A mother, father, and newborn baby in Indiana all share a birthday after the baby was born on Dec. 24.
Amber Kelly gave birth to her firstborn, a daughter, Violet Kelly at IU Health Arnett Hospital in Lafayette.
Now, all three members of the Kelly family share the same birthday.
“We are still kind of in shock because we joked about it. I mean I joked about it a ton,” Amber Kelly told WLFI.
“I still am in disbelief,” added father Sean Kelly. “I didn’t believe she was going to come early, especially that early on the 24th. That was surprising to me.”
Nurses said that the situation is definitely unusual.
“Very rarely do we see where everybody has the same birthday, so that in itself I think it’s really cool and something to be celebrated,” said nurse Alicia Wozniak. “The crazy thing about babies is they always have their own times when they come anyway.”
The hospital shared several news stories about the stunning situation.
“Sean and Amber Kelly got the best birthday present, their first child. Mom, Dad, and baby all share Christmas Eve birthdays. A beautiful family that blessed our team with so much joy and happiness on Christmas Eve,” the hospital said in one Facebook post.
“The Kelly family headed home from the hospital today. They shared a bit of Christmas magic with us all,” the hospital added on Dec. 26.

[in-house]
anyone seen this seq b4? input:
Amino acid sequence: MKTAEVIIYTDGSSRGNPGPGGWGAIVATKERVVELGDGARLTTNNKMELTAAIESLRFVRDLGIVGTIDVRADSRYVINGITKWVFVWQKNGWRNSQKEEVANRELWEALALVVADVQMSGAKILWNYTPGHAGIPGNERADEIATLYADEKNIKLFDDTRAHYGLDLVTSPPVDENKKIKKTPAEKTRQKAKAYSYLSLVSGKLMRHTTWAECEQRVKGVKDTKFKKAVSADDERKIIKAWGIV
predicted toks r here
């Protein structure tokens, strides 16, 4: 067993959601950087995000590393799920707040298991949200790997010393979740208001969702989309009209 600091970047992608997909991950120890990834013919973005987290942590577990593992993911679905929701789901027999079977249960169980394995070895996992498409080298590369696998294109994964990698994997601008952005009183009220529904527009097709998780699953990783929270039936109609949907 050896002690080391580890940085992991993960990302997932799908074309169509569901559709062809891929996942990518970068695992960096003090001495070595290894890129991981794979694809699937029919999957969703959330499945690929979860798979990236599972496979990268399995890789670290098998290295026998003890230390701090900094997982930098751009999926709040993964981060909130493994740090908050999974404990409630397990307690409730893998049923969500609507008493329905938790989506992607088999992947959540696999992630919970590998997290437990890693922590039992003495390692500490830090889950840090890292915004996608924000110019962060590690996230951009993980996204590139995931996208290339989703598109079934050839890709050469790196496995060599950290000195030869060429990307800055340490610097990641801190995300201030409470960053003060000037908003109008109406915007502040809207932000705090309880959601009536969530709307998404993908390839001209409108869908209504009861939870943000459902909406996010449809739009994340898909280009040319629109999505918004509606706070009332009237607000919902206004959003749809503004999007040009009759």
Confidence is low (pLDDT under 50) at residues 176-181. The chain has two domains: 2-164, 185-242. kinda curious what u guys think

According to an essay published on Love What Matters, having a birthday on Christmas Eve can be tough because it’s right before Christmas.
“The hardest part about my birthday growing up was that there really isn’t another day of the year to look forward to. Celebrating happened so fast over the course of two days and then I waited another 364 days to do it again,” wrote Molly Schultz.
“It felt like the year just dragged on and on. As a kid, waiting felt like an eternity since the only huge celebration happened during that week of Christmas.”
The Kelly Family headed home from the hospital today. They shared a bit of Christmas magic with us all.
Births in the United States
Approximately 3.86 million births took place in 2017 in the United States, according to a report (pdf) from the Centers for Disease Control and Prevention published in November 2018. Data was gleaned from birth certificates.
That number was down 2 percent from 2016. Birth rates declined for women 39 or younger but increased for older women. The birth rate for women in their 20s continued to drop, a trend that started in 2006, and hit a record low for 20- to 24-year-olds, at 71.0 births per 1,000 women.
The rate for women aged 30 to 34 had been increasing in recent years but declined 2 percent from 2016 to 2017, the first decline since 2010. The birth rate for women aged 35 to 39 also declined by 1 percent, the first decline since 2010.
But the birth rate for women aged 40 to 44 was up to 11.6 births per 1,000 women, a 2 percent increase since 2016, and continuing a trend since 1985.
Women aged 45 to 49 saw a birth rate of 0.9 births per 1,000 women, a figure unchanged from 2016, but the number of births to women aged 45 and over rose 3 percent from 2016 to 2017. There were 840 births to women 50 or older, essentially unchanged since the previous year, although the number has been increasing since 1997.